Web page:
Monday, May 7, 2012

Modeling: Regimental Bases (and Poll Results)

On my desk I've got the Red Guard skeletons. I'm working up a tutorial on their conversion and painting, but it will be a few weeks before that's finished. In the meantime, I want to talk about regimental basing.

In my first units, all the models were based individually. In those days, my friends and I were playing fairly small games, so a unit of 20 single skeletons wasn't much of an issue. As my army grew, I found myself with units of 40 zombies or 30 skeletons and setup was suddenly taking forever. I learned about regimental basing and began implementing it in my newer undead units. 

When I started my Skaven army, I took it a step further, deciding not to have any more individual elements than I actually needed. My first unit of 30 Clanrats has just 17 components.

I prefer to keep the front rank as single models, to facilitate placement of characters and shifting (or removal) of the unit champion. Likewise, the back rank has a few single models for casualty removal. Every other model in the unit is on a regimental base.

There are GW-made regimental bases which accommodate four models:

For ranks that are 6 models wide, I built some two-man regimental bases.  

Making the 2-man strips is simple enough. Use some thin styrene card (mine is about 1mm thick) and super glue the bases onto it, butted up against each other. Be sure to get the glue completely around the perimeter of each base so the card won't flap open on the bottom. (This is also a good use for any off-cuts of card left over from terrain projects.)

You can use this technique to make longer strips.  For that I would recommend using a straight edge to ensure the rows are perfectly straight. 

Once the glue dries use a hobby knife to trim the edges off. Unless you're making a really long strip, you probably don't need a metal ruler; you can use the bases as a guide. Just don't press so hard that you accidentally cut into the base (or worse, yourself). A few light passes and you'll be able to snap the card off along the score line.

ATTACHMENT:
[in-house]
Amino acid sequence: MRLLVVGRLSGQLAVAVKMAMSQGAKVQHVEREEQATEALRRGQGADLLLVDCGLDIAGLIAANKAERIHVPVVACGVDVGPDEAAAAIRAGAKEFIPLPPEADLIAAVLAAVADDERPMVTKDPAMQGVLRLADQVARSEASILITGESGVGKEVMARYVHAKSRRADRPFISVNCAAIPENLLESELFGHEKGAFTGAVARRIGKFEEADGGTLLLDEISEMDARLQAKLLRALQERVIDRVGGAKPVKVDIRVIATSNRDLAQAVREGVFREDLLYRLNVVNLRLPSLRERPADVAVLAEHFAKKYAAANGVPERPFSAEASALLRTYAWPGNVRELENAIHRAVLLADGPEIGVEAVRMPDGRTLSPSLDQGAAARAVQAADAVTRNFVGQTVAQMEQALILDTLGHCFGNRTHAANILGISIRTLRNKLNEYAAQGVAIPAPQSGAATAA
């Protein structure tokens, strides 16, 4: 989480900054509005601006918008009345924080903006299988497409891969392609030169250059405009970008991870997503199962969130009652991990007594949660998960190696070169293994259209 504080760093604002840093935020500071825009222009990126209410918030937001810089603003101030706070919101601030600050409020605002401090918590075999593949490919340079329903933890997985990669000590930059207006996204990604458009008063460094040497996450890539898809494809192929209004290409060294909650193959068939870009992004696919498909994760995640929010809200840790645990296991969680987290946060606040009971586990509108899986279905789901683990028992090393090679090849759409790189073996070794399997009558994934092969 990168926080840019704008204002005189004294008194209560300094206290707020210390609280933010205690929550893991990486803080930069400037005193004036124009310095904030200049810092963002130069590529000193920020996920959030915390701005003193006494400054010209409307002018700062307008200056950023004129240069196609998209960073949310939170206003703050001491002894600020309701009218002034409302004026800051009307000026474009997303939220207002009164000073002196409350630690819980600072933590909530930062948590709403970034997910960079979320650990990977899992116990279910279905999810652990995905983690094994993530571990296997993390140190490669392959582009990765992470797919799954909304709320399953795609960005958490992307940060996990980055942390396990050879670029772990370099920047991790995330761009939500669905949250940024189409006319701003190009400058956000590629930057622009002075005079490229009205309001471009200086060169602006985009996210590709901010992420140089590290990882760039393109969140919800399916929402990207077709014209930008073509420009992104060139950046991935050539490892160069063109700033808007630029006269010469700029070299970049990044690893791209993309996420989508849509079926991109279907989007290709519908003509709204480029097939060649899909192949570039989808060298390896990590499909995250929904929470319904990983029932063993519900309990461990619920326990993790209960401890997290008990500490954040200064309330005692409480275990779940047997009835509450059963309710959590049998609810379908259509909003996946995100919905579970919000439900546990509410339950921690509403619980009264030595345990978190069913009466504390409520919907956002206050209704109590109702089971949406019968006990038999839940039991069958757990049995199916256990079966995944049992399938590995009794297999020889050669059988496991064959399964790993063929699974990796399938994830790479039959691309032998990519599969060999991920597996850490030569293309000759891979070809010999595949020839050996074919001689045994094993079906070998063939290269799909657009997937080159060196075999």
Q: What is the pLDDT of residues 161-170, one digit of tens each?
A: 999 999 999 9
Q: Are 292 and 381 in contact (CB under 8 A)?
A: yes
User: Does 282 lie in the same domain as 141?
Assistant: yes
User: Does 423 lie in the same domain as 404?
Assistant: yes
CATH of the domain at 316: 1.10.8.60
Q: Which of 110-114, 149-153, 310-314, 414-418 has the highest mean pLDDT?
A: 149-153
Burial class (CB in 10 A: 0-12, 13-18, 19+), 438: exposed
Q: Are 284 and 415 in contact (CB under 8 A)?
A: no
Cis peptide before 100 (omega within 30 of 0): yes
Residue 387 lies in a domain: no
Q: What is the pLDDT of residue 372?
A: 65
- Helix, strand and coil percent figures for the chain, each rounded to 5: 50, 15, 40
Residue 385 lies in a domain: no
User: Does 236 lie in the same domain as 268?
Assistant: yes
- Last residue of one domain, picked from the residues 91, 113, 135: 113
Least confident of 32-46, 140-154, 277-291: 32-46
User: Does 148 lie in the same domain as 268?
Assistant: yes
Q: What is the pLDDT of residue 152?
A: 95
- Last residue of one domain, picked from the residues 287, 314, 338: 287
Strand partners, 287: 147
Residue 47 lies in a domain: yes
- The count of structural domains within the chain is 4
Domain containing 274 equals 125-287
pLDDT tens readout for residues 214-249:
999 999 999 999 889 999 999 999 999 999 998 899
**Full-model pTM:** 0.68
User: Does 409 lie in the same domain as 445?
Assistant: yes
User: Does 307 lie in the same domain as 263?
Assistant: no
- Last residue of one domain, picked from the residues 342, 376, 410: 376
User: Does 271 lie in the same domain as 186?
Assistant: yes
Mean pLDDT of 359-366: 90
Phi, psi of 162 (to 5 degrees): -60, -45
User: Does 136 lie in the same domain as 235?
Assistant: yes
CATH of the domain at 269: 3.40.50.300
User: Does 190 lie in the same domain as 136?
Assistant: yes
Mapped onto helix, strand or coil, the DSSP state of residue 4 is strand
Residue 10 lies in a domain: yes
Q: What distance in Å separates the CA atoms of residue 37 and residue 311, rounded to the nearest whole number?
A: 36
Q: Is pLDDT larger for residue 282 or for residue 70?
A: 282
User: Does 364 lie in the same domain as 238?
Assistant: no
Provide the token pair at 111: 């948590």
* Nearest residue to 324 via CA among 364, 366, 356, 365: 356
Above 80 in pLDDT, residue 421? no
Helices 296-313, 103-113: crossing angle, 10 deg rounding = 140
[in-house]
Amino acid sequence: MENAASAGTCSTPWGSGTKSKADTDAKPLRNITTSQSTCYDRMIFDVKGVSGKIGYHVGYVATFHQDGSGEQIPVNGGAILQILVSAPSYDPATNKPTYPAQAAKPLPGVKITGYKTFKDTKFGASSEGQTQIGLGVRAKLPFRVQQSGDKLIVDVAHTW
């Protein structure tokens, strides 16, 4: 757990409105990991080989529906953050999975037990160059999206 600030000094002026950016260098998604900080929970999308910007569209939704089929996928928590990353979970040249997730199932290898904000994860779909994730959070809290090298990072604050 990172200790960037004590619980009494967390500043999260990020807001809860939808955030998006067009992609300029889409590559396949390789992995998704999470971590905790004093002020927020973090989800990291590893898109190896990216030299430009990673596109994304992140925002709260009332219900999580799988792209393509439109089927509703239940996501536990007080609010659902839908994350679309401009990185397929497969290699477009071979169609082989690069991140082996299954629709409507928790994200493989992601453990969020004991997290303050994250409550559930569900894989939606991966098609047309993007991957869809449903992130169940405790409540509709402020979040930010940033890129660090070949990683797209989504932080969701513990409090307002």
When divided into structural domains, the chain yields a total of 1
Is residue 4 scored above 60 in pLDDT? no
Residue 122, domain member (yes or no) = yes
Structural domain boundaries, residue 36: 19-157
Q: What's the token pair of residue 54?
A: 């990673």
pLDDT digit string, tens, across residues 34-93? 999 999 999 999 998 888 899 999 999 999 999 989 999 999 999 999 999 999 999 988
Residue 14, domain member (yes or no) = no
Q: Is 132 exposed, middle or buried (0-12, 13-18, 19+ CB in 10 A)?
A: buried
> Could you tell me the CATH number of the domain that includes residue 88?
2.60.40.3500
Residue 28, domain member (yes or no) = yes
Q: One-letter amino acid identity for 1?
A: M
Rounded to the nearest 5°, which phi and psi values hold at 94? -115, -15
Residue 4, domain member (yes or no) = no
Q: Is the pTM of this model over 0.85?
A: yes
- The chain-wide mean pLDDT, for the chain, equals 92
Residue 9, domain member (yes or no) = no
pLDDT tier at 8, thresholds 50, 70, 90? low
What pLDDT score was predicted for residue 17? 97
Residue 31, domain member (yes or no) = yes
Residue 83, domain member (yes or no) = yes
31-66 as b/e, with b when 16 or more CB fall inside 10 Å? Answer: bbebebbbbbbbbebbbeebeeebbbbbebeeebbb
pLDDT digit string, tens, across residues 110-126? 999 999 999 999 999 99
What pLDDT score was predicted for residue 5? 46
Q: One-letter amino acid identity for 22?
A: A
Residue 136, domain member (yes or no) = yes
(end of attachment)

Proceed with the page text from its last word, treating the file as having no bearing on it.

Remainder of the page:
Now here's the trick for making the strips look like a professionally-made product: Use the edge of your knife to scrape the edge of the card so it's perfectly flush with the base. You may need to scrape into the base itself a bit. The technique is the same as scraping away mold lines. Fine grain, flat sanding sticks may also help. In the end you should have a smooth edge where, once painted, the card is indistinguishable from the base.

I find that these 4-man, 2-man, and single bases are all I need. If I want to go to a horde formation, I use two of the 4-man strips and one 2-man strip. In the back rank, I leave two or four single models, which come off first as casualties, and are then used to "make change" when I start pulling out the longer strips.

These regimental strips make setting up a breeze, and they also take up less real estate in my miniature cases. As you can see here, one strip of four takes up less space than 3 single models.

That's a GW case above. My custom cut trays are a little more efficient, and I've even gone as far as placing the models base-to-base to take up even less space.

My first attempt at regimental basing was inspired by images in the 2001 Vampire Counts book. I used 40mm bases to make scenic bases for these skeleton spearmen. While looking really nice, they turned out to be problematic. Due to their size, they need to be transported in a different tray from the rest of the unit. And since they overlap two ranks, I end up needing to do a lot of model shuffling when casualties occur. I'll stick to the strips from now on.

You may have noticed the Vargheists on my table. I picked up a box of those the other day. There aren't any extra bits in the box; just the parts to make the models, but there are extra heads and, of course, the spare parts from whichever version you don't build. 

I must say, I'm a little put out by the inconsistent anatomy from model to model. Each figure has a different wing structure, none of them are correct "bat anatomy" and that's gonna bug me to no end. Might be a while before I get to these, and figure out how to modify their wings. (Do I really want to resculpt the wings on six of these...?)

Poll Results

So the results are in. There were 82 votes in total, which is a pretty good turnout. I had mentioned how votes were vanishing, and at the close of the poll there were only 64 votes appearing. Later in the week, the number jumped to 82, which put Black Templars ahead of Vampire Counts. (If anyone knows why the poll is so jumpy, drop me a comment.) It's a good thing this wasn't for a contest with a prize or people would be (rightfully) calling shenanigans!

The Final Standings:

21 Terrain

14 Black Templars

12 Vampire Counts

10 Skaven

8 Malifaux

6 Khador

5 Dreadfleet

3 Necrons

2 Warmaster

1 Protectorate

1 LOTR (write-in vote)

I hope to eventually cover all of my armies and projects, but this list gives me a solid idea of what to prioritize when posting. Thanks to everyone for participating! Looks like terrain has the overwhelming support, so I better get building...

'Til next time!

1 comment:

  1. Good tip on the regimental bases, Rob. I plan on starting my savage orc/forest goblin army this year and I'll use this technique. Thanks!